He met Jake Miles coming up the steps. Jake looked pale, too pale.
"Morning," Phillip said weakly. "Nice day. Looks like the sun might come through."
"Yeah," said Jake. "Nice day. You--uh--feel all right this morning?"
"Fine, fine." Phillip tossed his hat in the closet, opened the incubator on his culture tubes, trying to look busy. He slammed the door after one whiff and gripped the edge of the work table with whitening knuckles. "Why?"
"Oh, nothing. Thought you looked a little peaked, was all."
They stared at each other in silence. Then, as though by signal, their eyes turned to the office at the end of the lab.
"Coffin come in yet?"
Jake nodded. "He's in there. He's got the door locked."
"I think he's going to have to open it," said Phillip.
A gray-faced Dr. Coffin unlocked the door, backed quickly toward the wall. The room reeked of kitchen deodorant. "Stay right where you are," Coffin squeaked. "Don't come a step closer. I can't see you now. I'm--I'm busy, I've got work that has to be done--"
"You're telling me," growled Phillip. He motioned Jake into the office and locked the door carefully. Then he turned to Coffin. "When did it start for you?"
Coffin was trembling. "Right after supper last night. I thought I was going to suffocate. Got up and walked the streets all night. My God, what a stench!"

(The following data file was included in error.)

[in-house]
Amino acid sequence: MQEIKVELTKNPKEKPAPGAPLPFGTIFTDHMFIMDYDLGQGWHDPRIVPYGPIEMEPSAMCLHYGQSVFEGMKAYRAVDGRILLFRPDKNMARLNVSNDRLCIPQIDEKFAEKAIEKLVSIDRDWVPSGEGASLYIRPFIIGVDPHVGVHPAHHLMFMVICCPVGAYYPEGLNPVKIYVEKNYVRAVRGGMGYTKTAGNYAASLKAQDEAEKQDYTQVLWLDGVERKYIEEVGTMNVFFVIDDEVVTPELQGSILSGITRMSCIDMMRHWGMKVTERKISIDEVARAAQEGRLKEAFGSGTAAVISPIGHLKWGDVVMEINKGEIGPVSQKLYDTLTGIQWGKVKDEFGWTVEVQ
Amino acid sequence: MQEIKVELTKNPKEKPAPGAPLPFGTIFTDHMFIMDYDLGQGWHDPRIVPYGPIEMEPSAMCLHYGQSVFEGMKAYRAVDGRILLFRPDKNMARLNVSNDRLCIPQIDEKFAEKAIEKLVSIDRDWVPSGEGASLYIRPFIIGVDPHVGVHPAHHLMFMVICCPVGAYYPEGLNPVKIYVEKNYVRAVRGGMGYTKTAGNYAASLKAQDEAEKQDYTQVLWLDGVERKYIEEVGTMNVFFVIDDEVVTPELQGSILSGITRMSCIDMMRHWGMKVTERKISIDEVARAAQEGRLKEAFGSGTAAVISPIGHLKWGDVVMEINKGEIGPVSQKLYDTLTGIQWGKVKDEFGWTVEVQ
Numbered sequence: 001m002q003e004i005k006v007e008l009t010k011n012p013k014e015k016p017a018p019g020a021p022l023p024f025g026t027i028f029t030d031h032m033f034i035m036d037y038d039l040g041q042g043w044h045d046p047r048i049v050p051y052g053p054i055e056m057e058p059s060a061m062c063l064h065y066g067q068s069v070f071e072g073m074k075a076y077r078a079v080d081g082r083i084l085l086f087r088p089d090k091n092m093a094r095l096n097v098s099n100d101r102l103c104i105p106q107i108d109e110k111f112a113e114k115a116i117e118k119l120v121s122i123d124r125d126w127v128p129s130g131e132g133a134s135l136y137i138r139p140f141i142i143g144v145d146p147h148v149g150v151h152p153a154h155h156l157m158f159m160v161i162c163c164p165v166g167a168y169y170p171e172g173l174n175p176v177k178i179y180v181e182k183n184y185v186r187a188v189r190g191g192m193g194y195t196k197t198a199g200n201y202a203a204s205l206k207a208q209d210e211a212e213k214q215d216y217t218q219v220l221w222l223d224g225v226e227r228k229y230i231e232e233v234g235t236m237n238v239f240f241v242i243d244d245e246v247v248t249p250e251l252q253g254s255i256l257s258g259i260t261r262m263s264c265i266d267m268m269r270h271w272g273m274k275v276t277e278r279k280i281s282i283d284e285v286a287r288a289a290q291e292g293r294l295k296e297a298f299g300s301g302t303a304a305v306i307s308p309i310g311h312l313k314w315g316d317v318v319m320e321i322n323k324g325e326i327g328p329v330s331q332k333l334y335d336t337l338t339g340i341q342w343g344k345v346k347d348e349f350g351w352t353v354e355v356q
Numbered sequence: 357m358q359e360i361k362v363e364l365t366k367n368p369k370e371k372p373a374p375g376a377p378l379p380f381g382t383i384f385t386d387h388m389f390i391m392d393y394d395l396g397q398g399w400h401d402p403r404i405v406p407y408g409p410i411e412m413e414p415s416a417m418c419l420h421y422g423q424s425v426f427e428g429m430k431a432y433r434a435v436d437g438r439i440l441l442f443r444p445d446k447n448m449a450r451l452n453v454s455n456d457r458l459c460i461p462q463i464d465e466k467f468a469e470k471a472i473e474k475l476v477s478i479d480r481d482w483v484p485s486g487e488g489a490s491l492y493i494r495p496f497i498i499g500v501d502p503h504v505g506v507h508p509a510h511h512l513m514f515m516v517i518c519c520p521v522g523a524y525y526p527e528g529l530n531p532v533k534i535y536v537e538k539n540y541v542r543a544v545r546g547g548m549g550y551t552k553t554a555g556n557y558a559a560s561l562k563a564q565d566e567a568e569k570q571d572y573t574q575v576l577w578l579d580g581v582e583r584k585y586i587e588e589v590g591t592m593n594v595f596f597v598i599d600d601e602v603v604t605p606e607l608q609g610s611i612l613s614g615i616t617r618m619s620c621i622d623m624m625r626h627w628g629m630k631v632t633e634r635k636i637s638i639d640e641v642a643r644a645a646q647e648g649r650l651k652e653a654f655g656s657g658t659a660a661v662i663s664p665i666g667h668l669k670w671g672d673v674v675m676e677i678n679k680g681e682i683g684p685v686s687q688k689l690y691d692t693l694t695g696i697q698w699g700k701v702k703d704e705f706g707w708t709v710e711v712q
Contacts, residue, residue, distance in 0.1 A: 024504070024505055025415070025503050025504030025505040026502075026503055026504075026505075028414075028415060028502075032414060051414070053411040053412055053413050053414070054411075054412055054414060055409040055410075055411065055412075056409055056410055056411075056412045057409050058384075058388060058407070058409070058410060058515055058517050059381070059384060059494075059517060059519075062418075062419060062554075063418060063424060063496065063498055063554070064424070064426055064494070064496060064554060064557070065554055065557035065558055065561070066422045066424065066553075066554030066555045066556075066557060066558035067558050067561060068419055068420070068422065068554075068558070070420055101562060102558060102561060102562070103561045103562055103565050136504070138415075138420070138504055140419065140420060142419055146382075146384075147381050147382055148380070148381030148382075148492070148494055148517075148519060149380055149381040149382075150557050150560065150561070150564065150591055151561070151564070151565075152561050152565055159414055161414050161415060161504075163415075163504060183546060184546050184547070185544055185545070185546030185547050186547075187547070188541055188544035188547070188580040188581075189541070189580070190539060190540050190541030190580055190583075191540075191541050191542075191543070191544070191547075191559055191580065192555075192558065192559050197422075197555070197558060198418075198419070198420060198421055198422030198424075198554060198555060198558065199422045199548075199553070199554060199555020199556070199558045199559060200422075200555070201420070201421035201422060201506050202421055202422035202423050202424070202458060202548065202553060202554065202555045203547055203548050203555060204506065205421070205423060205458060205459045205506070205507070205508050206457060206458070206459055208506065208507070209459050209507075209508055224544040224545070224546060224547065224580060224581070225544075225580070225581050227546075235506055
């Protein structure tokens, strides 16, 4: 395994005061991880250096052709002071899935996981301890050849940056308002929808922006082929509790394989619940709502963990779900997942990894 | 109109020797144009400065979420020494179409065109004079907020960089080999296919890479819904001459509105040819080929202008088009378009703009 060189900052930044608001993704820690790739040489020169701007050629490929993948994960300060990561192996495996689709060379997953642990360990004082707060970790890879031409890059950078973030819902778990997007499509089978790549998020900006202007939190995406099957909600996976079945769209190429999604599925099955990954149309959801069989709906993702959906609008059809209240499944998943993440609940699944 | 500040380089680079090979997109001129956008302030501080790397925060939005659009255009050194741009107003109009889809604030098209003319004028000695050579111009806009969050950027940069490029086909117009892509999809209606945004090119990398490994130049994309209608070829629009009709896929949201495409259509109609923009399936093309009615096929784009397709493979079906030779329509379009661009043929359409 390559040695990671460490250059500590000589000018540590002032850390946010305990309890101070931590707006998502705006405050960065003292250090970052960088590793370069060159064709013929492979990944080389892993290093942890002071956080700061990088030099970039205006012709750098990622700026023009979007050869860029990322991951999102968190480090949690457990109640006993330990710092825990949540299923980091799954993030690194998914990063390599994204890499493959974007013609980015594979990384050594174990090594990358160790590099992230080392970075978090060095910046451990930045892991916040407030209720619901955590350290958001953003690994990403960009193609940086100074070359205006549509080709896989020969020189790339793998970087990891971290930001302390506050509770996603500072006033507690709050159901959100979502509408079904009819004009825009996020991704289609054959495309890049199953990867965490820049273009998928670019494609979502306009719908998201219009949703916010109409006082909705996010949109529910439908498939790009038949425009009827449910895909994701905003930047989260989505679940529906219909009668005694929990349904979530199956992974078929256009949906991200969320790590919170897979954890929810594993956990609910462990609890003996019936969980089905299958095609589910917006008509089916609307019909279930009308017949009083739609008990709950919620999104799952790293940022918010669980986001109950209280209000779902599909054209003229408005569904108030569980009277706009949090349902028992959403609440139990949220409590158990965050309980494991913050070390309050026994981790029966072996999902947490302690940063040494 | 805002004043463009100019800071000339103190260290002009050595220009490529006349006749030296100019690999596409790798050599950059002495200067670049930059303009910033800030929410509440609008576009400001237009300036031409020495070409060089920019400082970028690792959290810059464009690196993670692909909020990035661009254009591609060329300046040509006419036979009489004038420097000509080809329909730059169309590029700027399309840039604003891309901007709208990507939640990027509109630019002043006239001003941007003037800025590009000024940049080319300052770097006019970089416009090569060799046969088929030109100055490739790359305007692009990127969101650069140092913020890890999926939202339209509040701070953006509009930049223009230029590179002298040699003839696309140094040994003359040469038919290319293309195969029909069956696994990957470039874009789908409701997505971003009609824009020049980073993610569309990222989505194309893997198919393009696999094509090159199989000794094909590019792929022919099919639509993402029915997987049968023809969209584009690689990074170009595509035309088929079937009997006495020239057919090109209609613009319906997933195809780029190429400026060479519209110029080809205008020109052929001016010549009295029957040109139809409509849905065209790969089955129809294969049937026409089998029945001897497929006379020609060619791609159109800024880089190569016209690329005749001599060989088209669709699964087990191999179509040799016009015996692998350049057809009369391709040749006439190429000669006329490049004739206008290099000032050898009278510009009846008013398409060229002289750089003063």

Dr. Miles shook his head. "Sometime this morning, I don't know when. I woke up with it."
"That's when it hit me," said Phillip.
"But I don't understand," Coffin howled. "Nobody else seems to notice anything--"
"Yet," said Phillip, "we were the first three to take the Coffin Cure, remember? You, and me and Jake. Two months ago."
Coffin's forehead was beaded with sweat. He stared at the two men in growing horror. "But what about the others?" he whispered.
"I think," said Phillip, "that we'd better find something spectacular to do in a mighty big hurry. That's what I think."
Jake Miles said, "The most important thing right now is secrecy. We mustn't let a word get out, not until we're absolutely certain."
"But what's happened?" Coffin cried. "These foul smells, everywhere. You, Phillip, you had a cigarette this morning. I can smell it clear over here, and it's bringing tears to my eyes. And if I didn't know better I'd swear neither of you had had a bath in a week. Every odor in town has suddenly turned foul--"
"Magnified, you mean," said Jake. "Perfume still smells sweet--there's just too much of it. The same with cinnamon; I tried it. Cried for half an hour, but it still smelled like cinnamon. No, I don't think the smells have changed any."